This Sunday, River Road Church will be welcoming superb guest musicians not only in the morning for our worship service but also in the afternoon as part of our concert series.

A couple of years ago, Louise and I attended a concert given by the Schola Cantorum of Westminster Choir College – this concert was held at St. James Episcopal Church on Franklin Street here in Richmond. We were greatly impressed by the singing that evening, so I handed my River Road business card to their tour manager immediately after the concert. As a result, I received an email from Westminster with a request to arrange a concert here this weekend. But back in September, River Road had already set up a piano recital for Lynne Mackey, a brilliant Juilliard-trained (Masters and Doctorate) pianist for Sunday afternoon, March 15. The careful advance planning for the concert series on the one hand and a degree of spontaneity in adjusting our worship service on the other will result in a Sunday filled with wonderful, meaningful music.

Here is a brief description of this Sunday’s music:

The choral music in the morning will consist of a series of works that invoke messages of faith, hope, and the power of love to deliver us from darkness. Paul Mealor’s setting of Ubi Caritas was originally sung at the wedding of Prince William and Catherine Middleton in 2011. We will also hear the sixth (final) section of Vaughan Williams’s Dona Nobis Pacem, a monumental work which takes us on a journey through grief, rage, contemplation, and hope, reminding us of the great price the world has paid in human lives and suffering. Arvo Pärt’s Da Pacem Domine has been translated as follows: “Give peace, O Lord, in our time, because there is no one else who will fight for us if not You, our God.” Pärt’s music, which has been described by some critics as “holy minimalism,” has touched more listeners than any composer of our time, perhaps because of the deeply spiritual and humanly comforting messages and affirmations that it carries within. Let the People Praise Thee, O God (1981), by William Mathias, is an anthem written for the royal wedding of Prince Charles of Wales and Lady Diana Spencer. A Welsh composer best known for his anthems and short sacred works, Mathias spent most of his youth and professional life steeped in the Anglican choral tradition.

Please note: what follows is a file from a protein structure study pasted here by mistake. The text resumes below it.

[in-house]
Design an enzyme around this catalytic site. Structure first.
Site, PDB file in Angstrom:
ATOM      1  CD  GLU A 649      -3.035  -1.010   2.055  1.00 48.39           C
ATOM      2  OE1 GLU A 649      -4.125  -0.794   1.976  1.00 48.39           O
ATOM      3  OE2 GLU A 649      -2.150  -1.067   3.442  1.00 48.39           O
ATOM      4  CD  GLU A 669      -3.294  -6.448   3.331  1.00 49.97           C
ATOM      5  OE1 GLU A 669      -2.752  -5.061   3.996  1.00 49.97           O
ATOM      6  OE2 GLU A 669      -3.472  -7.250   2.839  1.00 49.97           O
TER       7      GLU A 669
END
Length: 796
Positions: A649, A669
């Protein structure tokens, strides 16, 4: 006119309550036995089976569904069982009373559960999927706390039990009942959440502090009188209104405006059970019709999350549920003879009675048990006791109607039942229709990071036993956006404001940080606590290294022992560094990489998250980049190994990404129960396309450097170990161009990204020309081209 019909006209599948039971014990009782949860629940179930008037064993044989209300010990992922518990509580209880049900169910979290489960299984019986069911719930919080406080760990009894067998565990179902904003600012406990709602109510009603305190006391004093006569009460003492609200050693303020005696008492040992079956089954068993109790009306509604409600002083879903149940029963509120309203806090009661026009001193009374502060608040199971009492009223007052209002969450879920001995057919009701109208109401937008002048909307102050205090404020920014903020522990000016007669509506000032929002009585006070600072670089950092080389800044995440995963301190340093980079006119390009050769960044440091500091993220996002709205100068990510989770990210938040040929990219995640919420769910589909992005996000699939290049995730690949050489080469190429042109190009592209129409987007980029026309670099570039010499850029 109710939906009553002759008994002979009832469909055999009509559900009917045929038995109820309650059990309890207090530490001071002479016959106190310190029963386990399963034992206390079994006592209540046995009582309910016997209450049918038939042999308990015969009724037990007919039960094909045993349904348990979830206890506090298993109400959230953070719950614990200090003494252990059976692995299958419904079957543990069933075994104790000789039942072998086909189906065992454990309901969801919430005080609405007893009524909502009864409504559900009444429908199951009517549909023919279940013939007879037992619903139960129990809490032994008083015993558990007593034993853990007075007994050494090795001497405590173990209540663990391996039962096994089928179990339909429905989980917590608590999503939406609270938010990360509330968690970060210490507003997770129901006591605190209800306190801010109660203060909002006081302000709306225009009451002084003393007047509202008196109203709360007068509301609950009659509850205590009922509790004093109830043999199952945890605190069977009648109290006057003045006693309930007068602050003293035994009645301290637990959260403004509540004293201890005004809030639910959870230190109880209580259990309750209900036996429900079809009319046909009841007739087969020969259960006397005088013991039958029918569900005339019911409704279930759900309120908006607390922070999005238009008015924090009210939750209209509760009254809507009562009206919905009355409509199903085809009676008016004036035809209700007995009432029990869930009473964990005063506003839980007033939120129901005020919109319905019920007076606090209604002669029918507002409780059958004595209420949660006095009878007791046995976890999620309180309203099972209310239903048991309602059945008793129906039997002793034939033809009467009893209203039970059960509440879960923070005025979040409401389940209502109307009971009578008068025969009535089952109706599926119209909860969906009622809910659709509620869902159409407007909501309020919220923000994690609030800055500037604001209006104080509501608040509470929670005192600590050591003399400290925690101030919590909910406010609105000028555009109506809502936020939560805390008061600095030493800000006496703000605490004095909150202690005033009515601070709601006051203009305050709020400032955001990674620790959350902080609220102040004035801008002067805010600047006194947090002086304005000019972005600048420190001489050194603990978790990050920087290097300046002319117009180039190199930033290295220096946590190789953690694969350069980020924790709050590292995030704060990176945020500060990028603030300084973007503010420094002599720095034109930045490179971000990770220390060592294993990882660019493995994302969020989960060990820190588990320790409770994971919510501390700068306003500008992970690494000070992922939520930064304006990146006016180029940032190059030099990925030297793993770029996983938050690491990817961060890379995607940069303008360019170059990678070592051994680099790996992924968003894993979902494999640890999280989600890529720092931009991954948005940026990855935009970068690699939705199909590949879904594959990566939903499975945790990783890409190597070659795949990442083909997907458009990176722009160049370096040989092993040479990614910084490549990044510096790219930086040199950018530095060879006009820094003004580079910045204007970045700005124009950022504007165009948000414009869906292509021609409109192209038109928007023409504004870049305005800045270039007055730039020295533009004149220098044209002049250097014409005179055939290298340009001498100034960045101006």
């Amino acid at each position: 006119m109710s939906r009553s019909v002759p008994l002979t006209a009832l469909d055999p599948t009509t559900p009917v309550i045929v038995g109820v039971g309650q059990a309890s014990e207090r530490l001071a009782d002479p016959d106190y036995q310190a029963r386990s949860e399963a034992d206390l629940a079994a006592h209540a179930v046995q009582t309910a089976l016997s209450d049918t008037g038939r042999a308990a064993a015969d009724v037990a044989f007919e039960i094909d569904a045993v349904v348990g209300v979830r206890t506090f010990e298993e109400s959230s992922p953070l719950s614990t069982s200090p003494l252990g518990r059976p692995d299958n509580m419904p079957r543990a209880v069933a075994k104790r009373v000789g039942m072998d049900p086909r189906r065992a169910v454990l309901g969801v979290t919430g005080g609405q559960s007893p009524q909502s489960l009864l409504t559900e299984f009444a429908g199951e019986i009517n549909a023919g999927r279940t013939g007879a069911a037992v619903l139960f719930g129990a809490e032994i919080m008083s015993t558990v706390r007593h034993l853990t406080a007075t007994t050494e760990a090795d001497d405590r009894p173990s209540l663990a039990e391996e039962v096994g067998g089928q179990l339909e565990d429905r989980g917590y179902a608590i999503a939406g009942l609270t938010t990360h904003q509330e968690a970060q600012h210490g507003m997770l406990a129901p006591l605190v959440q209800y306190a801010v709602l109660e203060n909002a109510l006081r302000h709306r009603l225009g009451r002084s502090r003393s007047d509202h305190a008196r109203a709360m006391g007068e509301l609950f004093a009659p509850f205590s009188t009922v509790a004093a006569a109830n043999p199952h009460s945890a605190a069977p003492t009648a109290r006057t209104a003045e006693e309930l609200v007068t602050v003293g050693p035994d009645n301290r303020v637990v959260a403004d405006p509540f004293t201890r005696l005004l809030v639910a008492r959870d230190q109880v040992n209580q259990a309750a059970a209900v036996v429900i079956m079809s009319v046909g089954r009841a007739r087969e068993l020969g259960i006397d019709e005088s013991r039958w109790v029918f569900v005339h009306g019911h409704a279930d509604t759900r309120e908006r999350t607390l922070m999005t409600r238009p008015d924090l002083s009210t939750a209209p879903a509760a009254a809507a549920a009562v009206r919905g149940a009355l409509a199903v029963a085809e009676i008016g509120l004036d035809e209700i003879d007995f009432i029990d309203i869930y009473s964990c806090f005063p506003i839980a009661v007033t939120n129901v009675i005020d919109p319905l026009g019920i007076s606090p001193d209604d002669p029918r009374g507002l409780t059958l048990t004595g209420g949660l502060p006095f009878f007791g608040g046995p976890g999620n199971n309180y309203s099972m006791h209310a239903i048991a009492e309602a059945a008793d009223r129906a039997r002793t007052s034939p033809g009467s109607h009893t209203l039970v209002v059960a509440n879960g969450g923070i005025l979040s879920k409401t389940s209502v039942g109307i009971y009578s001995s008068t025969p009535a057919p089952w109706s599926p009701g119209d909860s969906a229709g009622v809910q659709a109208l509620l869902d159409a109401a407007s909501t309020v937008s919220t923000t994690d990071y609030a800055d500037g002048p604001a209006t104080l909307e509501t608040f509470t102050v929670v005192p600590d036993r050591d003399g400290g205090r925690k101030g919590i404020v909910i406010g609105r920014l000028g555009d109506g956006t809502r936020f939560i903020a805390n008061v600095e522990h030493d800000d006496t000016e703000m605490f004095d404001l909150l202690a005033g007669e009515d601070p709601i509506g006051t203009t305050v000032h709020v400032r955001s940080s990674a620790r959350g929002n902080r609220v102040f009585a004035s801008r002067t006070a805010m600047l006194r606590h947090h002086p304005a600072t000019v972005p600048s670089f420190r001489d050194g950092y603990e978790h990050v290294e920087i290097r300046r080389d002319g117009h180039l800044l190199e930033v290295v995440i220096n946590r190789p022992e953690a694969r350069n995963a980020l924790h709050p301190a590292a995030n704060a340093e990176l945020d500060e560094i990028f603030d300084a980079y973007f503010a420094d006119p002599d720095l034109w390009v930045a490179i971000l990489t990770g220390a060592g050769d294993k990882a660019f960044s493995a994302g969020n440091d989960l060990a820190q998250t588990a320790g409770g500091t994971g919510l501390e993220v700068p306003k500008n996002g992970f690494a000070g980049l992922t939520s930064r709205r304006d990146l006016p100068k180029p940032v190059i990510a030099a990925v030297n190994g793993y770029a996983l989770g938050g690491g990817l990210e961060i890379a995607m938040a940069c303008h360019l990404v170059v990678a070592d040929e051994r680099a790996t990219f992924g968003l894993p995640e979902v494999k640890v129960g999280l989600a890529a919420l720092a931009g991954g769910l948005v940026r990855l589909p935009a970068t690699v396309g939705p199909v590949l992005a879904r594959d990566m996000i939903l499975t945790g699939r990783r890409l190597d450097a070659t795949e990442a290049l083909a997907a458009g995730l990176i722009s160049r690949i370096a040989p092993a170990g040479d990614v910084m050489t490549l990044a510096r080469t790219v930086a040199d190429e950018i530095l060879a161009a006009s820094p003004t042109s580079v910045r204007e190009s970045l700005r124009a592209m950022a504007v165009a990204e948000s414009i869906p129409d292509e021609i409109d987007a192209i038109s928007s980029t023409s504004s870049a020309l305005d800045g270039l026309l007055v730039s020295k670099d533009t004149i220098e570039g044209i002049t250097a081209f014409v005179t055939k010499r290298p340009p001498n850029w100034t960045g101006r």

Lynne Mackey’s piano recital program at 3 o’clock in the afternoon will consist primarily of French impressionist music. The works on Dr. Mackey’s program were composed between the years 1887 and 1929. Although this might seem like a relatively short period of time, a great variety of moods and colors that will be evoked as we hear the inspired music of Fauré, Debussy, Ravel, and Messiaen.

I hope that you will take advantage of these opportunities to feed your soul through music this Sunday.